Thursday, July 30, 2015

Did APJ Kalam often go 'SOFT' on Hardliner Hindutva?


Some people might be grudging APJ Abdul Kalam for often going soft on hardliner Hindutva or that he subjected himself to be 'used' as an icon to correct BJP's anti-Muslim image post-Godhra mayhem.
But it could be travesty of truth and gross injustice to the Late former President as often he spoke out his mind and even in 2002 itself within days he took over as the President, Kalam visited riot-hit Naroda Patiya and had said in no unambiguous words:

"The grievances poured forth by the affected people (READ riot-scarred minorities) to me... should merit immediate attention of those concerned and actions taken with alacrity".

A 'people’s President' that he was, Dr APJ Abdul Kalam, would be best remembered in this multi-religious and multi-lingual nation as a great unifier. He was truly a champion of inter-religion faiths and struck the right balance as a man of science with a political system that by the start of the new millennium in India was getting extremely polarized and communal.

He kept up his commitment to religious harmony even after laying down office. “When nations join together to build a cohesive society, it is necessary to ensure that benefits of development encompass all sections of the society…..Both India and European Union have witnessed and are witnessing the unsavory acts of certain misguided sections of society. We have to jointly address ourselves to the root causes of such phenomena for finding lasting solutions for promoting peace,” he had said addressing the European Parliament in Strasbourg, France, during the golden jubilee of the European Union in 2007.

The speech, many still remember, as a true reflection of Kalam’s faith in his ideological moorings would be one of the most memorable ones.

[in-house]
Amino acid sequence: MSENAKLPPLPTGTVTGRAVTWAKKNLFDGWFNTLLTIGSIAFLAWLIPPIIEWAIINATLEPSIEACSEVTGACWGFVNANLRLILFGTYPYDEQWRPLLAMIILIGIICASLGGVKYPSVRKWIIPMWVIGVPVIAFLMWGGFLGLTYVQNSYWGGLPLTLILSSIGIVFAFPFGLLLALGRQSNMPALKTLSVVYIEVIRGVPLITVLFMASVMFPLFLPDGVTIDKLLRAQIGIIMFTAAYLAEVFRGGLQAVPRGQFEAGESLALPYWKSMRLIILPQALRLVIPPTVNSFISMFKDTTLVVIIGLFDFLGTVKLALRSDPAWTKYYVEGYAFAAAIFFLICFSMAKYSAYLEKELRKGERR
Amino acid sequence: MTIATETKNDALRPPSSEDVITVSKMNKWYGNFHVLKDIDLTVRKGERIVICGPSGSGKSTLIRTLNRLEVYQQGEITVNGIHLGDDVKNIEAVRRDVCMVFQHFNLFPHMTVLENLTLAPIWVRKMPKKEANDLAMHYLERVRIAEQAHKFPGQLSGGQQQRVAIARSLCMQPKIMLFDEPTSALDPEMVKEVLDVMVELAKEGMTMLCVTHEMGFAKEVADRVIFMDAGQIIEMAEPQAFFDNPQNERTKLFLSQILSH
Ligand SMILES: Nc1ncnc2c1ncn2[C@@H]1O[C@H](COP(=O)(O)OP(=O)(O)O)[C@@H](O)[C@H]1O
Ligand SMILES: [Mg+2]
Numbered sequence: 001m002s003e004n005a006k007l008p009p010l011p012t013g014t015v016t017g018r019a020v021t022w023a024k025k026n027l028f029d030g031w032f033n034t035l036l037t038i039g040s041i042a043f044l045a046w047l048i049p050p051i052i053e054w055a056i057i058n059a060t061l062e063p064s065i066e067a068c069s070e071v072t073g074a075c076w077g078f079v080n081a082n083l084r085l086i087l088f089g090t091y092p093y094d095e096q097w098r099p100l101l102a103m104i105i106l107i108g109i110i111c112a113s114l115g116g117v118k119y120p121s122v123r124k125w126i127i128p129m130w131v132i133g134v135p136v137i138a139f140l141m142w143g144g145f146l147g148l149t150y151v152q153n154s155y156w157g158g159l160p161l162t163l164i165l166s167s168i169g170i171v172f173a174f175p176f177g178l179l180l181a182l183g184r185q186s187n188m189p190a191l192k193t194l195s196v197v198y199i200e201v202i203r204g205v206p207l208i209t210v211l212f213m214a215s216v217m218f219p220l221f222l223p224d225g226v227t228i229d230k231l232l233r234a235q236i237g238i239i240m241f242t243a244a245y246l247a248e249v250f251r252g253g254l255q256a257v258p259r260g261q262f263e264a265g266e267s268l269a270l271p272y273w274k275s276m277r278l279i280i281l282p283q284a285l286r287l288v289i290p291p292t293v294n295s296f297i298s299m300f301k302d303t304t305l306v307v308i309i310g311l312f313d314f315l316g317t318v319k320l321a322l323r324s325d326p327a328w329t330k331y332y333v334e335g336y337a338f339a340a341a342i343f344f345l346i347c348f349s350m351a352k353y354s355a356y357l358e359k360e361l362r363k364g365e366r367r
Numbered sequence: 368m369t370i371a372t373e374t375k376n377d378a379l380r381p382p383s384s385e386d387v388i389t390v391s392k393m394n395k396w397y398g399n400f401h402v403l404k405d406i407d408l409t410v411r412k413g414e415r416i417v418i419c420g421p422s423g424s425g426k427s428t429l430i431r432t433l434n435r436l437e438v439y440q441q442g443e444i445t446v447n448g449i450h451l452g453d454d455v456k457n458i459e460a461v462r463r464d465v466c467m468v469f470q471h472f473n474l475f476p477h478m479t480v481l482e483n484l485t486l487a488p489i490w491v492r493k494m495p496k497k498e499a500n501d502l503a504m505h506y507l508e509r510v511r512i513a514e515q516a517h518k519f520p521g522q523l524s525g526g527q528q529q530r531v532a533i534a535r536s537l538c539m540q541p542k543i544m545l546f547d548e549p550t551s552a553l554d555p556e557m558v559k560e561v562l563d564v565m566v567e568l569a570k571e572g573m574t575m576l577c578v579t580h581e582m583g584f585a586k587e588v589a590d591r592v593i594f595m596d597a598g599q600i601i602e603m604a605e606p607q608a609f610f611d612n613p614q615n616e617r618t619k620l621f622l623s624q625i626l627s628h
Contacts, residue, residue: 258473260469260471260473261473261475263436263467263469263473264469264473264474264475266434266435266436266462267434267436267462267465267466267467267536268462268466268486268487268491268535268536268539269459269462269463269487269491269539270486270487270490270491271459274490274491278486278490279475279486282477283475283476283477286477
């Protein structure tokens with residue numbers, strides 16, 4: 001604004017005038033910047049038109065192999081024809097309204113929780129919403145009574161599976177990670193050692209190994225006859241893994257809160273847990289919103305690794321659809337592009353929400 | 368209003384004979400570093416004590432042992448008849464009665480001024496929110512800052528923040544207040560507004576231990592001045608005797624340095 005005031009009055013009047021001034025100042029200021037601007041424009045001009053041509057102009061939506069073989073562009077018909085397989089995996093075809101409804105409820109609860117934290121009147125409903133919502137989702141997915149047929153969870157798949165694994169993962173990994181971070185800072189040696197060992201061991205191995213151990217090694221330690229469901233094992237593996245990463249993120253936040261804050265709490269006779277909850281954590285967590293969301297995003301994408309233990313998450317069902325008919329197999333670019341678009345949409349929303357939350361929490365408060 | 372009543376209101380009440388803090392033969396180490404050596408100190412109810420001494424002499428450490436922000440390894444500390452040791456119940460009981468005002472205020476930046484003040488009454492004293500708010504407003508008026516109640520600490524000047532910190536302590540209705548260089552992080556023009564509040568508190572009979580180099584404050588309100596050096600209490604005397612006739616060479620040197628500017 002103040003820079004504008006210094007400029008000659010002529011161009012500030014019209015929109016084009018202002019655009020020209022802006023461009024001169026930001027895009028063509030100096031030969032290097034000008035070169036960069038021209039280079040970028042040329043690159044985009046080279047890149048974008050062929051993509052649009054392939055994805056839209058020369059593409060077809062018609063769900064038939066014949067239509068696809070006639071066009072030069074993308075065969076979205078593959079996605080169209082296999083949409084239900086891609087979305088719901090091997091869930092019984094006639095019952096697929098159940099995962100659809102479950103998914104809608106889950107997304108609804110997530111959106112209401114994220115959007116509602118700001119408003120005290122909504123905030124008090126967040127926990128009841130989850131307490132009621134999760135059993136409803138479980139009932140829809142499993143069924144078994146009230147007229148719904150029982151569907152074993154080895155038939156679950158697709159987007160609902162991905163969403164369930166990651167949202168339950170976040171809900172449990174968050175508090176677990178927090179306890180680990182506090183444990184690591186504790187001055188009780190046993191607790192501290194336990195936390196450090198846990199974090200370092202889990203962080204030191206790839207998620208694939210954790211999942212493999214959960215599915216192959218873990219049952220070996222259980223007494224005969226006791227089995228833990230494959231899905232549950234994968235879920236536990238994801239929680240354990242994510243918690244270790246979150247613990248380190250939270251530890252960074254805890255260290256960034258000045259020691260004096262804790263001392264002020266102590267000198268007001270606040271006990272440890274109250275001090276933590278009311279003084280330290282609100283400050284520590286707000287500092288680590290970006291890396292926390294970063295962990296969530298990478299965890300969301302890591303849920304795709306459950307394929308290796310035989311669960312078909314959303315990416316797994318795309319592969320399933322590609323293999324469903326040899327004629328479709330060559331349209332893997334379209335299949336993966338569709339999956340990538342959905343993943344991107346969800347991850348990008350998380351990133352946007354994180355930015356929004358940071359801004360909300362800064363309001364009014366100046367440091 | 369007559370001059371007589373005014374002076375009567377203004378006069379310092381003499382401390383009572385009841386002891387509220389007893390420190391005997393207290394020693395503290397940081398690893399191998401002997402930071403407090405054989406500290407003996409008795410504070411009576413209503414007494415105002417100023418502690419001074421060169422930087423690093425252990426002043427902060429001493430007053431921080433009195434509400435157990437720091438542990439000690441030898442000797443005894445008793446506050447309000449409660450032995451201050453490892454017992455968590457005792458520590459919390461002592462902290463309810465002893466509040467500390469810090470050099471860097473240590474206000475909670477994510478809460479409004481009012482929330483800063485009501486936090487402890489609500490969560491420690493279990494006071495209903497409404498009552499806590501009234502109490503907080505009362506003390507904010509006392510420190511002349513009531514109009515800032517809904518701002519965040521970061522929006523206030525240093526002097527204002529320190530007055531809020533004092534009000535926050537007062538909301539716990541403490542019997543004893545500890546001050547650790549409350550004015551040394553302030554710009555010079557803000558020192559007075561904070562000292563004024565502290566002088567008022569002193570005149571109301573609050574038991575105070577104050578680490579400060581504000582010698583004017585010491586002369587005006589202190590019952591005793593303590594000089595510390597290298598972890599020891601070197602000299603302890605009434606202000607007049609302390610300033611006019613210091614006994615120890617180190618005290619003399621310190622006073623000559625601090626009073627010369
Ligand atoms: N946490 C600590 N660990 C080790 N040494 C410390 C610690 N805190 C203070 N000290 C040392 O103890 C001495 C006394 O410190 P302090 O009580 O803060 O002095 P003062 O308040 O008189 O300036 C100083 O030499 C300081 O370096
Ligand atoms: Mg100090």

Those who have seen him work first as a respected missile scientist at India's state-run Defence Research Development Organisation (DRDO) and one of the key hands behind successful nuclear tests of Pokhran in desert state Rajasthan in 1998, also know him as a great admirer of Mahatma Gandhi, the peace apostle and India’s Father of the Nation. Kalam in his public speeches and interactions with students would often quote the Mahatma (Great Soul Gandhi) and would say, “Be fearless, speak from your heart, speak for your rights”.
On another occasion and as late as April 11, 2015, Kalam said at a Navy Foundation Kolkata Charter function, “People in India will have to learn not only to respect but also celebrate differences in culture, religion and race”.
"There has to be tolerance for other people's opinions, beliefs and culture. Everybody from political leaders to administrators, the police, the defence forces and the media will have to learn to regulate themselves in accordance to rules laid down by the Constitution,” he had said.
 
These utterances were considered much bold and apt commentary on the state of affairs in the country when the socio-political atmosphere looked polarized following number of incidents wherein either Christian minorities faced the threat of re-conversion or some minority religious places were under attack.

In retrospect Kalam took over as the 11th President of India under the cloud of 2002 anti-Muslim mayhem of Gujarat. While a debate could linger whether Kalam, a Muslim himself who openly admired ancient Hindu teachings, would have made it to the highest office in the country had there been no 2002 riots directed generally against Muslims, it is worth recall that as President, Kalam’s first tour outside national capital New Delhi – was Naendra Modi-ruled Gujarat.
He visited Bhuj where a major earthquake had taken place in 2001 and also worst riot-hit Naroda Patiya in Ahmedabad’s suburbs where he  went around riot-scarred minority households and Noorani Masjid locality.

During a brisk 30-minute walk around the locality in the company of Chief Minister Narendra Modi, victims of the violence complained to the President that there had been 'gross negligence' of the area during and after the violence.